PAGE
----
Hovering roof of the Sky Hall
During the construction of the Sky Hall in the 1950s, the architects chose to have the roof rest on the hinges of slim pillars in the middle of the room. In this way, the engineers created the illusion that the roof was hovering. An original idea and a beautiful showpiece of architecture and engineering, but far from easy, it turned out, to renovate. After three years of calculations and preparations, the renovation of the roof has finally started.
In the coming years, the old transit hall will be refurbished. The renovation of the roof signals the start of the second stage of the renovation. The hovering roof is one of the most famous features of the Sky Hall. When it transpired that the roof no longer met the legal standards and regulations for fire safety, the airport studied how it could retain this iconic look after the renovation.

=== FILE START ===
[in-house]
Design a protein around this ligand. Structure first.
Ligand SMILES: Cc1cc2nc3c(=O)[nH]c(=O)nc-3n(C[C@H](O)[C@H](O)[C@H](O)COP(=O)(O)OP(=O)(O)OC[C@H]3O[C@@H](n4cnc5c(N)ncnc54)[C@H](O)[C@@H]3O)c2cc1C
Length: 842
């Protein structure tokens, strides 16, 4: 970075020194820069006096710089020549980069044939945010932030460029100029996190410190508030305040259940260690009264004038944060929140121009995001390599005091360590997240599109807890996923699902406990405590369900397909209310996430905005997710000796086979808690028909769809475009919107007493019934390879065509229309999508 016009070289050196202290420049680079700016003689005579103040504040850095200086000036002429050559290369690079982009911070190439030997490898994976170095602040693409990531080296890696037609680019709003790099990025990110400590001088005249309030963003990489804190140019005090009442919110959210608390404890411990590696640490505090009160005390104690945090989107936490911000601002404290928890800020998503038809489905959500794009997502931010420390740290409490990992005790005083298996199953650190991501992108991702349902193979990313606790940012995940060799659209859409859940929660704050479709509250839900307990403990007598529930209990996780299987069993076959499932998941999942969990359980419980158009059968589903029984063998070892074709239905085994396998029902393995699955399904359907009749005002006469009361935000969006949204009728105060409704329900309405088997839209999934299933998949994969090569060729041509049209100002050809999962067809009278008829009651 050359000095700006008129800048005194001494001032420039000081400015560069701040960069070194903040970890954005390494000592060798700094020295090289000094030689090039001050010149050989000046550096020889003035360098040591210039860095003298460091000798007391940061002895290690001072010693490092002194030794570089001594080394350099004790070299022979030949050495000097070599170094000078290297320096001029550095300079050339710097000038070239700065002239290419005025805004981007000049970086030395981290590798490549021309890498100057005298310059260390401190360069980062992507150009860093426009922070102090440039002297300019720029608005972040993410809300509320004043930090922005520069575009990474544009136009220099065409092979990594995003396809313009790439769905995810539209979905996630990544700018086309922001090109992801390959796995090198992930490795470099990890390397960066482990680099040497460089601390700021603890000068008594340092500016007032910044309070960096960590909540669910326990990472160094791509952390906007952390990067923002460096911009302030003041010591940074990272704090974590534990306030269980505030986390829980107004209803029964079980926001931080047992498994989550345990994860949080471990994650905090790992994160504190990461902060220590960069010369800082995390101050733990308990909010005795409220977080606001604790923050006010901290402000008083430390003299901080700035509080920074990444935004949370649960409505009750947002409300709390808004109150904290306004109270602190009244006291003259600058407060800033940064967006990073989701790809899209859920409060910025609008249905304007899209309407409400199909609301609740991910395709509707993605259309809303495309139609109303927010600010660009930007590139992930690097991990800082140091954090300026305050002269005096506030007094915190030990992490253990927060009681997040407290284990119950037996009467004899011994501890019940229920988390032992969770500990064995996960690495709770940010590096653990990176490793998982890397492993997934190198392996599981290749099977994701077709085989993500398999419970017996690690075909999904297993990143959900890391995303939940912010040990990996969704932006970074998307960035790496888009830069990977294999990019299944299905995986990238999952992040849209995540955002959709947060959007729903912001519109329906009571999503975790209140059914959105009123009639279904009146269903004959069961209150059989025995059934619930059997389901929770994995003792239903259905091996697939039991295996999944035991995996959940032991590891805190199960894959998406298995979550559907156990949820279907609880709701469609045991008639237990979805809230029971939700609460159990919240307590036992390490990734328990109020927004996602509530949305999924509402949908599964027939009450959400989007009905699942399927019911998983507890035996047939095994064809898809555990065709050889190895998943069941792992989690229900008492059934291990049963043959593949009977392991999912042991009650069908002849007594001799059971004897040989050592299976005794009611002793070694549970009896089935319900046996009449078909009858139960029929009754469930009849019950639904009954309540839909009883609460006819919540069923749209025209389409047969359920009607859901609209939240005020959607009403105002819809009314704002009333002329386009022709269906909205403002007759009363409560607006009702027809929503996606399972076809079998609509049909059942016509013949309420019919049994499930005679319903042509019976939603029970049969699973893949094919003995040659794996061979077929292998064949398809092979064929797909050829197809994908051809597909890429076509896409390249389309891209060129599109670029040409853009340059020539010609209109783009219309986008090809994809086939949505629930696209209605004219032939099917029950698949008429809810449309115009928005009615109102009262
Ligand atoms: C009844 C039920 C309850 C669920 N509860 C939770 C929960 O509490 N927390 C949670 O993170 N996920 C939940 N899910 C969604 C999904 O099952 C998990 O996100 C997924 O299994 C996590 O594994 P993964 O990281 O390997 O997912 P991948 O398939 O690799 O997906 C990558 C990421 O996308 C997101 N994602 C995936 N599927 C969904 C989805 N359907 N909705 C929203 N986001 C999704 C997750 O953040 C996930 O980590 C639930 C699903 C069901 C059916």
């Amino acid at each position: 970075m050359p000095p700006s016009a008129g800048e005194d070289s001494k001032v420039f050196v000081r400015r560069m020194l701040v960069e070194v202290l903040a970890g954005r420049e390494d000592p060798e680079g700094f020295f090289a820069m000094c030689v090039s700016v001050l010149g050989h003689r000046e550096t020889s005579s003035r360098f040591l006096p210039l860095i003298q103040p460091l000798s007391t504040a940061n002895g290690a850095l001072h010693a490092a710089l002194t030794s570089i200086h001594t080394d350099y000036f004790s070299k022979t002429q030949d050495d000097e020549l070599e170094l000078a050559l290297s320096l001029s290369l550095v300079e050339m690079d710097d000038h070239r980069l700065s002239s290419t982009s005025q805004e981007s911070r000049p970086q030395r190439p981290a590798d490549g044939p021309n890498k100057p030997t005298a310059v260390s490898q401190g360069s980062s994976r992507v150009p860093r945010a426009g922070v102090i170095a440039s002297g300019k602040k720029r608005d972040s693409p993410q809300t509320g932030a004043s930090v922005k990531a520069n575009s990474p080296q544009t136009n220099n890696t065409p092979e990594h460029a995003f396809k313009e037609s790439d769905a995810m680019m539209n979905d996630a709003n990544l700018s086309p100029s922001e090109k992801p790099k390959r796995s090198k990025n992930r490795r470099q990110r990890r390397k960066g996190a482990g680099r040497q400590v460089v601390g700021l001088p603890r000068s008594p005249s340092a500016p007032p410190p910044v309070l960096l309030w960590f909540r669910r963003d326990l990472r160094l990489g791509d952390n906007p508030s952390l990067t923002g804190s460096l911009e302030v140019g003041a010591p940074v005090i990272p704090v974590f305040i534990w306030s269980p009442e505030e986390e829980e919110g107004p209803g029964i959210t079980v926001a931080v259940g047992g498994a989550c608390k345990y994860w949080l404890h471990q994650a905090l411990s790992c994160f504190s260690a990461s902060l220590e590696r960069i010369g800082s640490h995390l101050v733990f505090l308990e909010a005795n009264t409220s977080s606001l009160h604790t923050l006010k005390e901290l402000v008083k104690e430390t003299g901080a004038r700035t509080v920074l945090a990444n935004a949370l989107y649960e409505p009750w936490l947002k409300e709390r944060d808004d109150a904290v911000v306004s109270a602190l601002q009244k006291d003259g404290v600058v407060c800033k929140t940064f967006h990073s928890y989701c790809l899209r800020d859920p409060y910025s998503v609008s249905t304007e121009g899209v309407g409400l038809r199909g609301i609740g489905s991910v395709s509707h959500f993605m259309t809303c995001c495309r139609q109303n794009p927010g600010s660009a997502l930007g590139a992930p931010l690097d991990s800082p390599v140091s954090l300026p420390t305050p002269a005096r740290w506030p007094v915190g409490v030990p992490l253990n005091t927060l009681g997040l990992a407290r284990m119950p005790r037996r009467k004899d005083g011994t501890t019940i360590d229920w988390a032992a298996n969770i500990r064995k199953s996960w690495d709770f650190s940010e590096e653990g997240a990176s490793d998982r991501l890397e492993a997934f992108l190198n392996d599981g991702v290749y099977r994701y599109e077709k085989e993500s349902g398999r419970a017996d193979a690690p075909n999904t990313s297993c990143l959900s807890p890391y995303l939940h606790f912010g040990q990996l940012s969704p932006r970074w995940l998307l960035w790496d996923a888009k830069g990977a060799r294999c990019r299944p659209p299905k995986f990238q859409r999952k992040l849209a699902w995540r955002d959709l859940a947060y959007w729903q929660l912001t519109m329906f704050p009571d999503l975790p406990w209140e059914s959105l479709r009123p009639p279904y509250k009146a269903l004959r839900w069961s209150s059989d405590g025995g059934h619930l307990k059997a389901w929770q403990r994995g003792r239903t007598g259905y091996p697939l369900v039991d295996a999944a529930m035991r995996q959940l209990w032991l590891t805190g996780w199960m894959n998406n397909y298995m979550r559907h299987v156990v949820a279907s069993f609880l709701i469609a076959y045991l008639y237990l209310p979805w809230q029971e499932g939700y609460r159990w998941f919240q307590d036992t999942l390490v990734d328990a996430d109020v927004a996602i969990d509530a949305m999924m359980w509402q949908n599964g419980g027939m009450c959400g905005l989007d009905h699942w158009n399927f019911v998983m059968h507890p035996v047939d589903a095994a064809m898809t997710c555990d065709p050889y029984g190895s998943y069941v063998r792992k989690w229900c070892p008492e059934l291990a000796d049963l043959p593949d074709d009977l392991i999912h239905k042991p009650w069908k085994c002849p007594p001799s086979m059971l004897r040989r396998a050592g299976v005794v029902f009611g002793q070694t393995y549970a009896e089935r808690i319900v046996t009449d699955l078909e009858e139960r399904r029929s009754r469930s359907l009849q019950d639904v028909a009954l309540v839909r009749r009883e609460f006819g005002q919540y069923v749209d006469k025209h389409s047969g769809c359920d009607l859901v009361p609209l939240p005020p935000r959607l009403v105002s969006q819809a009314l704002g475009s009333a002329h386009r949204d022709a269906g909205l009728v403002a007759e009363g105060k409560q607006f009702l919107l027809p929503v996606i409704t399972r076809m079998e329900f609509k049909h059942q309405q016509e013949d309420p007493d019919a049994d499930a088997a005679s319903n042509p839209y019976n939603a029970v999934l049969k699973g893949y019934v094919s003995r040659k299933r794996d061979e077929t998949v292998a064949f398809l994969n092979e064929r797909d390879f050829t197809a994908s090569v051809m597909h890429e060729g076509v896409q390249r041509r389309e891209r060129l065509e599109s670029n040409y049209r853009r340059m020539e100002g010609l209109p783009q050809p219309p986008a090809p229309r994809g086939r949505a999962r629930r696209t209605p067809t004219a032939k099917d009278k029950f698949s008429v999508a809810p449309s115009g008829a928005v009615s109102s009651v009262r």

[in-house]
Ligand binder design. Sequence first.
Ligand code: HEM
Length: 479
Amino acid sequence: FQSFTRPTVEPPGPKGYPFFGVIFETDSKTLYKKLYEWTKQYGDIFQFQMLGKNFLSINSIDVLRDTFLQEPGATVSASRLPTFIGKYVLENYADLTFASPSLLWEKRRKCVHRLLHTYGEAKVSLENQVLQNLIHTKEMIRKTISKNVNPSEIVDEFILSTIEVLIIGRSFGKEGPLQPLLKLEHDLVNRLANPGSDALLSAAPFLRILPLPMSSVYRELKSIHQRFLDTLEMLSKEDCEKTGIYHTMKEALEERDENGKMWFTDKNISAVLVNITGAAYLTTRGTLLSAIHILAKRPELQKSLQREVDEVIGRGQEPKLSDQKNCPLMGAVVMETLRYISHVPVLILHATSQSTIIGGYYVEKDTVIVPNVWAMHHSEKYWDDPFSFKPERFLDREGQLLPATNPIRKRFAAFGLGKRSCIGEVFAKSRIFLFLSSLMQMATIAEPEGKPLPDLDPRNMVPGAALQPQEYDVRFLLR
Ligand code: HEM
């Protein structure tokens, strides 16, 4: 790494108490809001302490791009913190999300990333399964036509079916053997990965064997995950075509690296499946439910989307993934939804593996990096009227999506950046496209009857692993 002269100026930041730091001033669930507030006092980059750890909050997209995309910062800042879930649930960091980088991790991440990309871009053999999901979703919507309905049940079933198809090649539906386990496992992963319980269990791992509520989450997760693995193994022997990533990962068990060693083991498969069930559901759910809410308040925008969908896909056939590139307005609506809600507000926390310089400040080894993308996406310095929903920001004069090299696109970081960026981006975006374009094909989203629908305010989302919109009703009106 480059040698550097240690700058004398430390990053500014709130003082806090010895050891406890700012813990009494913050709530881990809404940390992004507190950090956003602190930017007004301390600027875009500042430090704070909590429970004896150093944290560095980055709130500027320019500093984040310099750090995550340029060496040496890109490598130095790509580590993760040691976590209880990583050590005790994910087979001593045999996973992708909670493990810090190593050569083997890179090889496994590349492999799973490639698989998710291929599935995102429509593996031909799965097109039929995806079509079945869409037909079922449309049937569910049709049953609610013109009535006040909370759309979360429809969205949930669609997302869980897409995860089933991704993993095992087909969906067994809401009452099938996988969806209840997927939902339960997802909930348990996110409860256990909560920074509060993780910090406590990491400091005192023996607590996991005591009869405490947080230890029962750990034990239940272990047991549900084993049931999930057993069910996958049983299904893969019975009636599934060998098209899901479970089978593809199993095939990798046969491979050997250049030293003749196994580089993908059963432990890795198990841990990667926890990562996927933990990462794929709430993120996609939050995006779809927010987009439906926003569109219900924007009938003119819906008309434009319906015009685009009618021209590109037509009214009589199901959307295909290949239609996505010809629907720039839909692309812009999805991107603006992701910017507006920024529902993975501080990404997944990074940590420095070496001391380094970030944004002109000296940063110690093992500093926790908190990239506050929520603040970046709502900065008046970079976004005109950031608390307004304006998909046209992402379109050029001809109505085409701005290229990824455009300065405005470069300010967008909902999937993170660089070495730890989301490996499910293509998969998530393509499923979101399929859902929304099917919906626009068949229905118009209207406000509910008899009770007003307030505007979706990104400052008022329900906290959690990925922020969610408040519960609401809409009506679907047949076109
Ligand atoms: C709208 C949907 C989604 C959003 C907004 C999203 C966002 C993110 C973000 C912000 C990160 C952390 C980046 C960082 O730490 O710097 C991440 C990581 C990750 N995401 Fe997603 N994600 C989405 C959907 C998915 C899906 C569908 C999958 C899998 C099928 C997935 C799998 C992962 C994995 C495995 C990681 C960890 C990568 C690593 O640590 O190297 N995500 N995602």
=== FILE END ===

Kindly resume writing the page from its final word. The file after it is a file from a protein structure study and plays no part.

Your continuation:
The engineers at Brussels Airport Company thought up an ingenious solution and developed a construction which would retain the floating appearance.
Using a 700 ton crane, three steel trusses, each 55 metres long and weighting 53.5 tonnes, were inserted into the existing roof. On the northern side façade, an extra truss weighing 20 tonnes will be installed. In addition to the installation of these new constructions, the existing pillars and hinges are also reinforced. In this way, the roof of the Sky Hall will once again be safe, yet retain its authenticity.
View here how the work of installing the trusses is progressed.
Brussels Airport Company has signed an agreement to acquire Airhotel Belgium bvba (ltd), the company owning the Sheraton Hotel at Brussels Airport.